Ulysses S. Grant is a puzzling figure in American history. The 18th president of the United States had rampant corruption associated with his administration, but he was a decorated war hero famous for turning serious attacks by the Confederate Army into victories for the Union and for implementing simultaneous attacks against the South that led to its surrender. He became a national figure overnight when he captured Forts Henry and Donelson and was given the nickname 'Unconditional Surrender' Grant after 12,000 Confederates surrendered under his harsh conditions of 'no terms except unconditional and immediate surrender'.After the war, Grant achieved the distinction of being promoted to the equivalent of a four-star general. In recent years, his reputation as president has improved somewhat among scholars due to his support for civil rights and his prosecution of the Ku Klux Klan. Grant also signed a bill into law making Christmas a federal holiday in 1870, and another that created America's first national park, Yellowstone, in 1872.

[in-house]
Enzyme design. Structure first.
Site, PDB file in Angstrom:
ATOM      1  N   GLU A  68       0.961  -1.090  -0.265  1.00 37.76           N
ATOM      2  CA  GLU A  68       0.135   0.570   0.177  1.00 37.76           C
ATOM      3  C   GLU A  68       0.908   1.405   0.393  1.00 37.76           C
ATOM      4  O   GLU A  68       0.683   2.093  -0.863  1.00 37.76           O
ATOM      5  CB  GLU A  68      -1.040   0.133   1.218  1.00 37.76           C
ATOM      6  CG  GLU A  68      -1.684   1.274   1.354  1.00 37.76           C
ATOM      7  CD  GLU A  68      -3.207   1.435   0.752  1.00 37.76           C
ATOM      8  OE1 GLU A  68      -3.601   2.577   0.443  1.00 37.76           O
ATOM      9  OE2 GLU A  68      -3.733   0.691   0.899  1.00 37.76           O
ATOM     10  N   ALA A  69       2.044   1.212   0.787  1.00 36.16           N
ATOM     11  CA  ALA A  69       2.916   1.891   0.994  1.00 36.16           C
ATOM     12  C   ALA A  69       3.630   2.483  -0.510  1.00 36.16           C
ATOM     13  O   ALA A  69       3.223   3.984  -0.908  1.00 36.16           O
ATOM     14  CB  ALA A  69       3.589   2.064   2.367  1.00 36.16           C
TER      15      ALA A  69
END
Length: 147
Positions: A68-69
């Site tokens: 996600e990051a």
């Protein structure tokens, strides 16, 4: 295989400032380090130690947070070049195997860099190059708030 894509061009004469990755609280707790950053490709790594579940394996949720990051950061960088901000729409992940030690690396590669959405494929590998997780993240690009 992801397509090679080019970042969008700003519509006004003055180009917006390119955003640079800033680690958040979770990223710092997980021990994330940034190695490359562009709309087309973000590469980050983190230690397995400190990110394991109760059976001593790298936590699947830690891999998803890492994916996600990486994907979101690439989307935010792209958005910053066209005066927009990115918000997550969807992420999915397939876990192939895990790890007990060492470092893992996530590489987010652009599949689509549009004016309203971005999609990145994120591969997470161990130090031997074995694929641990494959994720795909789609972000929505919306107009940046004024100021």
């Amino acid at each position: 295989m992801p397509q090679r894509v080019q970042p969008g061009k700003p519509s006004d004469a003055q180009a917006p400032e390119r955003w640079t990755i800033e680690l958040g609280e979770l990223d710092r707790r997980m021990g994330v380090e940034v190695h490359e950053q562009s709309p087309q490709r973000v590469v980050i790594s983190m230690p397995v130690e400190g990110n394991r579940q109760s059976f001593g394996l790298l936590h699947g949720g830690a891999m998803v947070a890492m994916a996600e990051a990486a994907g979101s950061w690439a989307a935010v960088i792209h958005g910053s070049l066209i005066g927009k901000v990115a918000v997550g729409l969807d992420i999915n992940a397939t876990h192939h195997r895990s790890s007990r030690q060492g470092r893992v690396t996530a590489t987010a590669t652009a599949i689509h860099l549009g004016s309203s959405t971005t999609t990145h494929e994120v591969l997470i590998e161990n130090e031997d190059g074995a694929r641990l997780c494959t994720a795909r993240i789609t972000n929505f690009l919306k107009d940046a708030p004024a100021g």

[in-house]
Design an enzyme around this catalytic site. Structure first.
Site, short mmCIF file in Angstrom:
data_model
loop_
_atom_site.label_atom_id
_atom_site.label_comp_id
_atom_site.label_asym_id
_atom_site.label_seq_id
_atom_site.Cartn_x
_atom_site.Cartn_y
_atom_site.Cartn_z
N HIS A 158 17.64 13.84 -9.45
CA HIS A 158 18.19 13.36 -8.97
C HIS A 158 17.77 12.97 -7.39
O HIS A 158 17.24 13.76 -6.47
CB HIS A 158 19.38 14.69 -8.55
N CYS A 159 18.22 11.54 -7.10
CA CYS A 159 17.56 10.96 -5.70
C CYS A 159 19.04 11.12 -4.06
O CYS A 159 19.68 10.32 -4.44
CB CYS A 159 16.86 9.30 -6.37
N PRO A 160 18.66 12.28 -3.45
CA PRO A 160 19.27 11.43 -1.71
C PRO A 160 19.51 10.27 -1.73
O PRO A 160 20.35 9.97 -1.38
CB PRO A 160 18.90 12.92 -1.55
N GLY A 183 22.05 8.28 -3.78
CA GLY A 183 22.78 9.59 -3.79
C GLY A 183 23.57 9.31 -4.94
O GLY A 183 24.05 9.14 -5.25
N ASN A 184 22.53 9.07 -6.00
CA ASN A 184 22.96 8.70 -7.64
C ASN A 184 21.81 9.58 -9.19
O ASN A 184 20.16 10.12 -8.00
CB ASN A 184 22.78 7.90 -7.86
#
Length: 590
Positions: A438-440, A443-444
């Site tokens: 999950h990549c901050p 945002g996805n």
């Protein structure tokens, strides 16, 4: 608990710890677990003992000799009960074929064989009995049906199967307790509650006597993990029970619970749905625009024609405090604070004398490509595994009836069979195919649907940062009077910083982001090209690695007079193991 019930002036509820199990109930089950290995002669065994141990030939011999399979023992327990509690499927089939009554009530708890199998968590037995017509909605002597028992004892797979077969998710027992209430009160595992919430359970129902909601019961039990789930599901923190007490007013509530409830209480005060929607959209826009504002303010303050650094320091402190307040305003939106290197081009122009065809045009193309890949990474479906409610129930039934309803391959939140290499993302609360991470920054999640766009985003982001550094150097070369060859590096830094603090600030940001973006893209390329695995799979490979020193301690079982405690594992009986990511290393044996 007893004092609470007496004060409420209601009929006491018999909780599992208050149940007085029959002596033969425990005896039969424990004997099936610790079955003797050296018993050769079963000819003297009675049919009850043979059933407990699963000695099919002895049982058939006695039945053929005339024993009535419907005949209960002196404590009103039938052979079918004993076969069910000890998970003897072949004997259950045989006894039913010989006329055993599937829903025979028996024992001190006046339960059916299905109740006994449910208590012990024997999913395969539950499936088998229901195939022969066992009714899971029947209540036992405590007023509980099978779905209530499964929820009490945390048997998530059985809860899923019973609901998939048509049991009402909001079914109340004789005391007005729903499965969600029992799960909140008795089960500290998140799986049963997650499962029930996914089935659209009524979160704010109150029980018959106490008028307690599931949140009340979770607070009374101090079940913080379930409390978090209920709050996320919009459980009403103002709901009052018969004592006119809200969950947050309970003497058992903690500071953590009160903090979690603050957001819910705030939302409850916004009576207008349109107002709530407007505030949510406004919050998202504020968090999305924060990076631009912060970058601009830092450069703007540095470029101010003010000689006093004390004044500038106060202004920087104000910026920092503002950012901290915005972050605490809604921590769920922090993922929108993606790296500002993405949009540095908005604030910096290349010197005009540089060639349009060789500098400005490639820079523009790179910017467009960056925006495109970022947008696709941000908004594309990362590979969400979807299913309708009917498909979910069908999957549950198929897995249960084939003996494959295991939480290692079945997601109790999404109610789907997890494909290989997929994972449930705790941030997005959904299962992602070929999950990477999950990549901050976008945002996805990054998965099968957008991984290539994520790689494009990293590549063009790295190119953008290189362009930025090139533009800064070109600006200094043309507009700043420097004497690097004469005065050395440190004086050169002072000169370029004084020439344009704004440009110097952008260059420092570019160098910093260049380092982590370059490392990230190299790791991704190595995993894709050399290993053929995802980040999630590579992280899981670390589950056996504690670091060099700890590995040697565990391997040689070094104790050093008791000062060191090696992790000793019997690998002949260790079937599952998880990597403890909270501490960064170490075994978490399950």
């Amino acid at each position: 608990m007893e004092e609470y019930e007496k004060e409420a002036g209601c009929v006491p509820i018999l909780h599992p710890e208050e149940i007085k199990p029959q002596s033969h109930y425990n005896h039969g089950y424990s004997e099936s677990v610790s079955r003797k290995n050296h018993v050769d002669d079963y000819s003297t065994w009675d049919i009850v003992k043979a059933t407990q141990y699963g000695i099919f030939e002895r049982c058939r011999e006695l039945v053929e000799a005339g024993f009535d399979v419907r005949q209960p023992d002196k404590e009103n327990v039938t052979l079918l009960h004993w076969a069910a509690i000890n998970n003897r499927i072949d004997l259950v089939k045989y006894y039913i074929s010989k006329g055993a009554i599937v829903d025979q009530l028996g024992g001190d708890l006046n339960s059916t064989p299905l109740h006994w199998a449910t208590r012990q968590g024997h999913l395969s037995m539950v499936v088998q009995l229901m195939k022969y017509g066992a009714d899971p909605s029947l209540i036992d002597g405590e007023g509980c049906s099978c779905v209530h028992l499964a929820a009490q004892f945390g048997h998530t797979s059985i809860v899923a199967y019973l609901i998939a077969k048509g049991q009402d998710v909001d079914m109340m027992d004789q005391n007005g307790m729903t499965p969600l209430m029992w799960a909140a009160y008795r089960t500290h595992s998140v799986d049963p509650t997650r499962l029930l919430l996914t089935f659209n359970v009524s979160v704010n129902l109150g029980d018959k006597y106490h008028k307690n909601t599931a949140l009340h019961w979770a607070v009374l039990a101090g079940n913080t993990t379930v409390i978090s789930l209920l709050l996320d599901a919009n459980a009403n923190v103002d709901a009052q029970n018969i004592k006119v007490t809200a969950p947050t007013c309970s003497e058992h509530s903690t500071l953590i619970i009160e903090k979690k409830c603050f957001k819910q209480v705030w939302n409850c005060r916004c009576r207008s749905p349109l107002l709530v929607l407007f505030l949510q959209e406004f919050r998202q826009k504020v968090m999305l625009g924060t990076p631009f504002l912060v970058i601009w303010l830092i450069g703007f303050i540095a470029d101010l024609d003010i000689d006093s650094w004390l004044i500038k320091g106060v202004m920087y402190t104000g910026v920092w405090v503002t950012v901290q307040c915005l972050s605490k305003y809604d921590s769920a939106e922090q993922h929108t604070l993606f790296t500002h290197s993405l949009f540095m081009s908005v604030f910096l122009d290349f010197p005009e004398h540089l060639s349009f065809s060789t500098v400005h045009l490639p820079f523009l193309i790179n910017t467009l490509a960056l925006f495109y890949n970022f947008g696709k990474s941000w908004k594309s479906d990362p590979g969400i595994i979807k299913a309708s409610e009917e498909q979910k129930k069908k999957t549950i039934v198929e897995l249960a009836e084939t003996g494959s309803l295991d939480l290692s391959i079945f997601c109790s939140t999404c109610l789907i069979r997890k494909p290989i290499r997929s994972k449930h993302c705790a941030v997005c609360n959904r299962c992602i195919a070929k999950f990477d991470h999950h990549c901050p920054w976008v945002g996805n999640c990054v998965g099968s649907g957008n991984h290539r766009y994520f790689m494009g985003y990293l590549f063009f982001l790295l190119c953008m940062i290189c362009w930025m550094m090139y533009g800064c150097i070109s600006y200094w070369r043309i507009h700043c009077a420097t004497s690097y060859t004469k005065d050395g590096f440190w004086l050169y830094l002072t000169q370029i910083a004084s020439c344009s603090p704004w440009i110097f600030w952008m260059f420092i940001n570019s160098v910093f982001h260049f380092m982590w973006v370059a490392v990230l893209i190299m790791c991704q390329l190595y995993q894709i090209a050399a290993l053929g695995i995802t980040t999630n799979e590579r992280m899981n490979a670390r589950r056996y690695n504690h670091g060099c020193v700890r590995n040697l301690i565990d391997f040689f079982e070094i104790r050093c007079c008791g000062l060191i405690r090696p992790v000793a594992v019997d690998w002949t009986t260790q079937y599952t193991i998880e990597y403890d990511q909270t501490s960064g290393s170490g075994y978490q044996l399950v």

Samuel Willard Crompton is a major contributor to the American National Biography and the Encyclopedia of American Lives. Crompton lives and works in the Berkshire Hills of his native western Massachusetts.